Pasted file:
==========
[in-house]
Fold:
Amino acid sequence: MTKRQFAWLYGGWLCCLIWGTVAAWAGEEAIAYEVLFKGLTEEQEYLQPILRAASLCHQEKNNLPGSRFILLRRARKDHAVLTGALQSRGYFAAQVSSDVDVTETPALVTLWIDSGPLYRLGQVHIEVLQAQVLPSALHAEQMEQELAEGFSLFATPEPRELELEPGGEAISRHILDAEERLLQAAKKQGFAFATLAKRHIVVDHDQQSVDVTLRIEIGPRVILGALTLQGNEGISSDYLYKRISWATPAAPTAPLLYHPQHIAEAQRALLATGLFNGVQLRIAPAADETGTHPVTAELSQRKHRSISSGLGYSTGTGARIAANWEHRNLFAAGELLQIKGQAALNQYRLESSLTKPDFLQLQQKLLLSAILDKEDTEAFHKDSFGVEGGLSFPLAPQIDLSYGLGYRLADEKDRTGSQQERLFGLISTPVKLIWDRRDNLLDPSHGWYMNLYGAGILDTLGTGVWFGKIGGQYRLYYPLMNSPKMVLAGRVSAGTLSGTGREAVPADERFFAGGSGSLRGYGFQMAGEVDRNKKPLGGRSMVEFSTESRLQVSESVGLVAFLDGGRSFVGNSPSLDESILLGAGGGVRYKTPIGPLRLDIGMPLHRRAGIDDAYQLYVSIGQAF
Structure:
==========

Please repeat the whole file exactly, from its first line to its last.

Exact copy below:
[in-house]
Fold:
Amino acid sequence: MTKRQFAWLYGGWLCCLIWGTVAAWAGEEAIAYEVLFKGLTEEQEYLQPILRAASLCHQEKNNLPGSRFILLRRARKDHAVLTGALQSRGYFAAQVSSDVDVTETPALVTLWIDSGPLYRLGQVHIEVLQAQVLPSALHAEQMEQELAEGFSLFATPEPRELELEPGGEAISRHILDAEERLLQAAKKQGFAFATLAKRHIVVDHDQQSVDVTLRIEIGPRVILGALTLQGNEGISSDYLYKRISWATPAAPTAPLLYHPQHIAEAQRALLATGLFNGVQLRIAPAADETGTHPVTAELSQRKHRSISSGLGYSTGTGARIAANWEHRNLFAAGELLQIKGQAALNQYRLESSLTKPDFLQLQQKLLLSAILDKEDTEAFHKDSFGVEGGLSFPLAPQIDLSYGLGYRLADEKDRTGSQQERLFGLISTPVKLIWDRRDNLLDPSHGWYMNLYGAGILDTLGTGVWFGKIGGQYRLYYPLMNSPKMVLAGRVSAGTLSGTGREAVPADERFFAGGSGSLRGYGFQMAGEVDRNKKPLGGRSMVEFSTESRLQVSESVGLVAFLDGGRSFVGNSPSLDESILLGAGGGVRYKTPIGPLRLDIGMPLHRRAGIDDAYQLYVSIGQAF
Structure: